03 June 2010

Daily Digest, 03.06.2010

Today: Arizona tries to "reassign" teachers with accents; the EFF fights predatory copyright suits; Brewster Kahle on the futures of book distribution; "lazy" carrion crows sometimes help out; Moran helps save the world from Lamarckism; a 58,000-year-old ochre production site in South Africa; the perils of the "doll test"; Jewish genes; California's prospective ban of plastic shopping bags; the case for peer review in baseball; a concert for dogs; and, finally, it's Sir Jean-Luc (and about time, too).

Yet more apparent anti-immigrant nuttiness in Arizona: Mark Liberman at Language Log comments (with appropriate skepticism, given the source) on a story at Fox News, "Arizona Seeks to Reassign Heavily Accented Teachers," apparently aimed at teachers with Spanish accents. As one of the comments to Liberman's post points out, speakers of Arizonan English would be considered "heavily accented" in many parts of the world (Oxford, for example).

The Electronic Frontier Foundation continues to fight the good fight against predatory copyright lawsuits that attempt to circumvent the rights of the accused.

Kent Anderson at The Scholarly Kitchen summarizes Brewster Kahle's address at the meeting of the Society for Scholarly Publishing on the possible futures of book distribution.

NatureNews reports on a study just published in PRSB, showing that "lazy" carrion crows (Corvus corone)— non-breeding individuals who do not ordinarily participate in shared responsibilities of caring for young in the social group—will increase their help disproportionately in times of special need (for example, when one member of a breeding pair is injured). These observations may, the authors suggest, help explain why the groups would tolerate free-riders in the first place. The article, Baglione, V. et al. Proc. R. Soc. B, is behind a paywall, and I would have to register just to see the price. But not right now.

Larry Moran at Sandwalk, um (pardon me), eviscerates the study I linked to yesterday about our catfish- turtle-, and crocodile-eating distant ancestors. He makes much clearer than I could the rather Lamarckian hypothesis that the study seems to be putting forward (ancestors ate omega-fatty-acid-rich foods, their brains grew, and thus bigger brains evolved).  I'm sure that's not what they meant to imply, but it sure seems to be the impression given by their own conclusion (which Moran quotes) and the press reports. Guess it's a good thing I didn't shell out that $10....

Jennifer Viegas at Discovery News writes on a newly discovered 58,000-year-old ochre powder production site at Sibudu, South Africa. Ochre is clay tinted in various hues by the presence of mineral oxides. The use of ochre for decoration of bodies, clothing, and artifacts is considered a crucial indicator of the presence of symbolic thought and behavior in humans. The abstract is here; a pdf of the corrected proofs of the article is available from ScienceDirect for $31.50. I wonder how much ochre I can buy for that ....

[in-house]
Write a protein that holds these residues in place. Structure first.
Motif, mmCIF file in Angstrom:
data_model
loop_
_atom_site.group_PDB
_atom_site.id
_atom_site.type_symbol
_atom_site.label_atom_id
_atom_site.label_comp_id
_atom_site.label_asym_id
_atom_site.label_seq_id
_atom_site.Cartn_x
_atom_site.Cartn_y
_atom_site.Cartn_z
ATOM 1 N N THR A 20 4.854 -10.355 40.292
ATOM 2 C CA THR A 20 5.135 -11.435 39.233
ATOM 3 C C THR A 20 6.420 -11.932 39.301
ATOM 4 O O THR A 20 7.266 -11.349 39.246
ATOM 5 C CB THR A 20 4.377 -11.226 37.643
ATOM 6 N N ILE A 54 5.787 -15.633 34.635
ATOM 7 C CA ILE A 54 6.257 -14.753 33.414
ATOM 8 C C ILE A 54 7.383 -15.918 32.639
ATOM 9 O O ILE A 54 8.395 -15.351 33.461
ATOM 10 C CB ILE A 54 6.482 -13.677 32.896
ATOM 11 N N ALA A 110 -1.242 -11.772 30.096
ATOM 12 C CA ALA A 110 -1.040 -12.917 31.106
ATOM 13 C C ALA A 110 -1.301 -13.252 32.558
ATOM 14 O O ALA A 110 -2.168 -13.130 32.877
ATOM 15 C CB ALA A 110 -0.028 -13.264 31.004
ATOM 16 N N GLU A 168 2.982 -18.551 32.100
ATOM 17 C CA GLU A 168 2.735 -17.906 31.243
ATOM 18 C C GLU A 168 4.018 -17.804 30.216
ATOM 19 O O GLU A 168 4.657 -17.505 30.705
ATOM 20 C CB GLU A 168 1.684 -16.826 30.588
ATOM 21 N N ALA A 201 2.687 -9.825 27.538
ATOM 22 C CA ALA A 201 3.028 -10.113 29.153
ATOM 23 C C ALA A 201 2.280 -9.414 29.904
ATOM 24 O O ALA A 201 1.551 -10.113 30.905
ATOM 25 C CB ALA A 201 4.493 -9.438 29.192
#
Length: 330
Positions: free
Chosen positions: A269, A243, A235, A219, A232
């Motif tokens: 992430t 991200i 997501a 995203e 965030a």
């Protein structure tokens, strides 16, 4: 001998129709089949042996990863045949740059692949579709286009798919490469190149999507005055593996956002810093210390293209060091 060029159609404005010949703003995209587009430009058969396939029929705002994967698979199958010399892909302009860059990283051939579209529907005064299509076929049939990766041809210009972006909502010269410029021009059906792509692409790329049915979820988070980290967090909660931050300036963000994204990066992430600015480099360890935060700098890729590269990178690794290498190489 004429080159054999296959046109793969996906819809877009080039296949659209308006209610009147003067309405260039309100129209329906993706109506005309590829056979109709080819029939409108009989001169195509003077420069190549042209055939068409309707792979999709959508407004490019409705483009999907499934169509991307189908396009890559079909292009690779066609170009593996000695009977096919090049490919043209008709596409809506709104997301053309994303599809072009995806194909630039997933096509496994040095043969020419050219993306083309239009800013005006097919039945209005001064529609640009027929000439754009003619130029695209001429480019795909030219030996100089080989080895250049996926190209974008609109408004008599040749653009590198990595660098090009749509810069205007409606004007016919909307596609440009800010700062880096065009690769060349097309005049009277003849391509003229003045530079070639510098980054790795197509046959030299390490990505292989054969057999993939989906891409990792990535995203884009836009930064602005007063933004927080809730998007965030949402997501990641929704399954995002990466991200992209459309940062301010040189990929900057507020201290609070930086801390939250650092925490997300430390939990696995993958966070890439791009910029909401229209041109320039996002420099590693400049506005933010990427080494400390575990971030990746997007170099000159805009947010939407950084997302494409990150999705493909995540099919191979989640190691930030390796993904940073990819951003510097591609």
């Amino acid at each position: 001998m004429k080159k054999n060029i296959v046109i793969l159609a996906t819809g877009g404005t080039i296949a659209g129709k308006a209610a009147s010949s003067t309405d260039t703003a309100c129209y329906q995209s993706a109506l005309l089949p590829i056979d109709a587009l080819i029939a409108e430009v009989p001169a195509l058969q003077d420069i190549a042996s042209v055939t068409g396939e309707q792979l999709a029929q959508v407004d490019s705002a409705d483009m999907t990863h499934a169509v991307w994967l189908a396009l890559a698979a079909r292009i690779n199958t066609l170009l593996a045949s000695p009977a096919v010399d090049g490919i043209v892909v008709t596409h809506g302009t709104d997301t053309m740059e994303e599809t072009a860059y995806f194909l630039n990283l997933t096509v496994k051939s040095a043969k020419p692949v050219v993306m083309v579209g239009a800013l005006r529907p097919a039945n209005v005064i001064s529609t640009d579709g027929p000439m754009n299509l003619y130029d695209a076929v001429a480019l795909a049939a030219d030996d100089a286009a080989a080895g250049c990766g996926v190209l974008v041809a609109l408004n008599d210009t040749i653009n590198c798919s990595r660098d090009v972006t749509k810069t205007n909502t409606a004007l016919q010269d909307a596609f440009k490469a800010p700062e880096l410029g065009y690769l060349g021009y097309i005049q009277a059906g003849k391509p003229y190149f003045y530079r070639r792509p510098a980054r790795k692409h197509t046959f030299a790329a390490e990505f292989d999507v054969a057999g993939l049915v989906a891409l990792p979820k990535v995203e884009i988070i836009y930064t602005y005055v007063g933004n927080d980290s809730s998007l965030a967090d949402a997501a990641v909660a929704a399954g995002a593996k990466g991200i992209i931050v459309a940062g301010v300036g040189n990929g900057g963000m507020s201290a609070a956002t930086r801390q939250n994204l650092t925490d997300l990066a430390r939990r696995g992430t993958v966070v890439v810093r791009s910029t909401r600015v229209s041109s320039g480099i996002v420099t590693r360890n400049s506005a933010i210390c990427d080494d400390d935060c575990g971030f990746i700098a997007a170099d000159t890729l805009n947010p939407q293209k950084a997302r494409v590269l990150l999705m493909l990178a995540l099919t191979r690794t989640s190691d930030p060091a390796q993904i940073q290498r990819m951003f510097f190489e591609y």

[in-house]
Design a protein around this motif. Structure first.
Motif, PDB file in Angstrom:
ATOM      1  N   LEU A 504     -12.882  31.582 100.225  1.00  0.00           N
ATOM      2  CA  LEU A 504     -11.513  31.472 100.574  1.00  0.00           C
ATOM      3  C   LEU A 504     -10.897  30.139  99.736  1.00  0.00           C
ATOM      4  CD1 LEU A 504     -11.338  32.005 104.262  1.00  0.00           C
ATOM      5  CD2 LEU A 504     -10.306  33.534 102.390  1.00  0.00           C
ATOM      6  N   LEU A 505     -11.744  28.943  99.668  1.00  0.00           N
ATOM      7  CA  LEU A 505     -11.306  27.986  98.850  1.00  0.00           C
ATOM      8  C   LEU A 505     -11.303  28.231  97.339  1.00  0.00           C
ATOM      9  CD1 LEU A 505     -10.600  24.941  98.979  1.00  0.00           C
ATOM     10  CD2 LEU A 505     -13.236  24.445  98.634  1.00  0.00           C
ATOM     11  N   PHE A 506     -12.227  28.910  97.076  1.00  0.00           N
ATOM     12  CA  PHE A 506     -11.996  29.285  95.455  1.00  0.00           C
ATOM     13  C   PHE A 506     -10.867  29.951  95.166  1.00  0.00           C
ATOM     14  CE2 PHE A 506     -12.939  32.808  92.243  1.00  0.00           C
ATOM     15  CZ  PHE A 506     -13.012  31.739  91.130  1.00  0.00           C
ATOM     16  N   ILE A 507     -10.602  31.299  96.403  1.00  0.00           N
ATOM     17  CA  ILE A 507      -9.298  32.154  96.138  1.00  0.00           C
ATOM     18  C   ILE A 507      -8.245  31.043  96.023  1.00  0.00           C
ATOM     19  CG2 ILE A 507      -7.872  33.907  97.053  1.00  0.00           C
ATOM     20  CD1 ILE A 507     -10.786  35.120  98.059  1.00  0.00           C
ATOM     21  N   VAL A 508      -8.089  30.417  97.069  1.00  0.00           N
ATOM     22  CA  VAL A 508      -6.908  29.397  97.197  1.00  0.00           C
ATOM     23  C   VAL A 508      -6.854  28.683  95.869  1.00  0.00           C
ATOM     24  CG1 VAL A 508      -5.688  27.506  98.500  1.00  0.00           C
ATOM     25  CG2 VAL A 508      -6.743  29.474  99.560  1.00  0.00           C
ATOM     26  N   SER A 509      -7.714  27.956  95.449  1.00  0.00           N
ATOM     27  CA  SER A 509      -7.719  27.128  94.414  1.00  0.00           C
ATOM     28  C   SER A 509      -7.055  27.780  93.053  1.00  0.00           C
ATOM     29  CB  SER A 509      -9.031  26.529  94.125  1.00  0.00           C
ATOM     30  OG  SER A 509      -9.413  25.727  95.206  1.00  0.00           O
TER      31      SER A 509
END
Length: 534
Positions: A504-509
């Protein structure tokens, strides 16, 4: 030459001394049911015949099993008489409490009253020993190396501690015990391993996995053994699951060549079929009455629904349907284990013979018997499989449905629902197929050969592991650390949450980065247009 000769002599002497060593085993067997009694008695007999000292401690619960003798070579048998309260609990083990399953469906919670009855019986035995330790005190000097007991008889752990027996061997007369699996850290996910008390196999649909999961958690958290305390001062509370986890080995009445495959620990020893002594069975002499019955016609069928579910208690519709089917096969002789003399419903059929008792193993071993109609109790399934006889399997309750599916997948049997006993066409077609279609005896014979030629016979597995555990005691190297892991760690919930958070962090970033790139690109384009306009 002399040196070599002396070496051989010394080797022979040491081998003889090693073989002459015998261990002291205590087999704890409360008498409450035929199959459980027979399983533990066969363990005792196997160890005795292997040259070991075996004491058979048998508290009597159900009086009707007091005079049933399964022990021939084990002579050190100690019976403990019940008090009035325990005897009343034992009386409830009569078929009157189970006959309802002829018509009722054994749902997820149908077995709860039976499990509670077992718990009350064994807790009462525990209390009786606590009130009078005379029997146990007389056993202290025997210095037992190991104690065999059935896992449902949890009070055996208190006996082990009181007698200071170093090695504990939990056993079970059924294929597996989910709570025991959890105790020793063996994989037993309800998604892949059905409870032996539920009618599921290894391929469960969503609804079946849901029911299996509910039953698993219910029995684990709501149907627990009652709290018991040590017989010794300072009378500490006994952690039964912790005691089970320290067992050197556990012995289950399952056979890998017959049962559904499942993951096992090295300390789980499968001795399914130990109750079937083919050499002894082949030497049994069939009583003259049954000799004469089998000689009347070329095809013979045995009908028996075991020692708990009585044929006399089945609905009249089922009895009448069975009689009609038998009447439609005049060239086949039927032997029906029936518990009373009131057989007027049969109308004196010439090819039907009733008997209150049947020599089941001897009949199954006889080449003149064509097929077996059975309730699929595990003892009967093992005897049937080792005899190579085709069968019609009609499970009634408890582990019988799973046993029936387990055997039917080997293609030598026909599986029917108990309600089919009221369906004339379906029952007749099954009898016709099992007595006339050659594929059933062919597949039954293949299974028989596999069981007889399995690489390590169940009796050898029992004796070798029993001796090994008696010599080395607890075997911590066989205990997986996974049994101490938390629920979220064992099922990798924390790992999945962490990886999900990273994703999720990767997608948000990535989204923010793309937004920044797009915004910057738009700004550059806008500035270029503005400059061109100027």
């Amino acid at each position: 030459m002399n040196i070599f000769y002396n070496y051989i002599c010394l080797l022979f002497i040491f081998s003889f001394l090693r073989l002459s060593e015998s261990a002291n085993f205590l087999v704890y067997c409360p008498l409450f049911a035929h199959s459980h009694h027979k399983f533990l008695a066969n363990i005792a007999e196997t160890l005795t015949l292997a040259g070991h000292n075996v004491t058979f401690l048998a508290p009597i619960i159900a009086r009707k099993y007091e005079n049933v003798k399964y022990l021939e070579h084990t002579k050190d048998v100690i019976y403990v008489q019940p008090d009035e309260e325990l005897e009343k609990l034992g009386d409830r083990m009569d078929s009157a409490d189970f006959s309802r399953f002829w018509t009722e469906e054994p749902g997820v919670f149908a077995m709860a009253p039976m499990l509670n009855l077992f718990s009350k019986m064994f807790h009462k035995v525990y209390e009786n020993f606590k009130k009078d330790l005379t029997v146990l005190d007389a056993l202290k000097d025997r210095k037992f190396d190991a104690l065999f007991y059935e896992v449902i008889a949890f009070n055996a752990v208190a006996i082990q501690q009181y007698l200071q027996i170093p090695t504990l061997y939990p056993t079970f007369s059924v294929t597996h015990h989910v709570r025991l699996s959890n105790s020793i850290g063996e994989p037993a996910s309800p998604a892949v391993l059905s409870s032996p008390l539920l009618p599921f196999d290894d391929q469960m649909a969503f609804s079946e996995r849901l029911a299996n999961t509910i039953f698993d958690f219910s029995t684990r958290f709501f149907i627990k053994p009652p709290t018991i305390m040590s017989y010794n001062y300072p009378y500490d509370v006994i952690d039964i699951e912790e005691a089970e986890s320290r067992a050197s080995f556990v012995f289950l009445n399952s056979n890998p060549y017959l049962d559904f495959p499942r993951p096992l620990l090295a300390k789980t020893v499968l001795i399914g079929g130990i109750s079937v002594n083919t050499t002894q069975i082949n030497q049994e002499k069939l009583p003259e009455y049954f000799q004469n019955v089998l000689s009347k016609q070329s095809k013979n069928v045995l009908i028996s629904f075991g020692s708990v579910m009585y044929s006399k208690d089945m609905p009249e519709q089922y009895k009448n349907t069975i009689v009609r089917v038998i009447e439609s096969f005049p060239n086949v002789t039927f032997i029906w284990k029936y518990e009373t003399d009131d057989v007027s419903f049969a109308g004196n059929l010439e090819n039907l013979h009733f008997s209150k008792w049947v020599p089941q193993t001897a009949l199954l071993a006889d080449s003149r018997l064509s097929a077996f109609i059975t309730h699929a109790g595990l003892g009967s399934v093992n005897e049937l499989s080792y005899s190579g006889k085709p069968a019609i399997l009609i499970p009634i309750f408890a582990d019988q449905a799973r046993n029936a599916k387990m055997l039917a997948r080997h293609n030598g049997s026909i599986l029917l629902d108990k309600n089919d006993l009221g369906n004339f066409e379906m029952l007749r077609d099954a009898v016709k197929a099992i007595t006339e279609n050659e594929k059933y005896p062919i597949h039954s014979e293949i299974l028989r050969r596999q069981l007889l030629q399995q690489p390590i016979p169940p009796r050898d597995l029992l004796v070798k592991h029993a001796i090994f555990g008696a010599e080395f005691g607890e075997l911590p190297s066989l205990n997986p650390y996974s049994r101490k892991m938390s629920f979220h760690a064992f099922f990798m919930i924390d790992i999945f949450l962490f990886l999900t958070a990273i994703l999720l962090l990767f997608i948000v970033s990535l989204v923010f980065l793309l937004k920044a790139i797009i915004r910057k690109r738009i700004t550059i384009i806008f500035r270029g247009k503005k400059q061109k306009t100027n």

Peter Frost at Evo and Proud contributes a fascinating post on "The use and abuse of doll tests," a topic on which Frost himself has done research. In doll tests, children of various ages are given a choice between one of two dolls, one typically with a darker skin color than the other. Many studies show children after about the age of 4 typically pick the lighter doll, irrespective of their own skin color, and it is often assumed that these results reflect culturally learned attitudes. Frost makes a persuasive case that this isn't so; he points out that cross-cultural research shows this pattern of choice to be more or less universal, and he suggests the reason more likely has to do with selection for the ready perception of sexual dimorphism in complexion (women, in general and across cultures, are "fairer" than men). Includes a great bibliography.

Nature News describes a newly published study in the American Journal of Human Genetics on the genetic commonalities among various Jewish populations. The researchers conducted a genome-wide analysis, based on single-nucleotide polymorphisms (SNPs), longer segments of DNA, and copy-number variant, of 237 individuals from Jewish communities in iran, Iraq, Italy, Greece, Turkey, Syria, and eastern Europe. The study found "strong genetic commonalities" among the communities, although also varying degrees of similarity to surrounding populations:  Italians (for the Europeans) and Druze, Bedouin, and Palestinian for the Middle Easterners. The abstract is here. The pdf is behind a paywall at ScienceDirect, where it costs $31.50.

80beats reports on the prospective ban of plastic shopping bags in California, which has now passed the State Assembly and which Governor Schwarzenegger has promised to sign if it is passed by the state Senate.

Kent Anderson wonders whether baseball ought to have peer review, in light of yesterday's umpirical theft of Armando Galarraga's perfect game.

Lou Reed and Laurie Anderson are giving a concert at the Sydney Opera House on Saturday that includes a 20-minute piece designed to be heard only by dogs.  Dogs will be allowed into the concert free.

And now it's Sir Jean-Luc....er, I mean, Sir Patrick.
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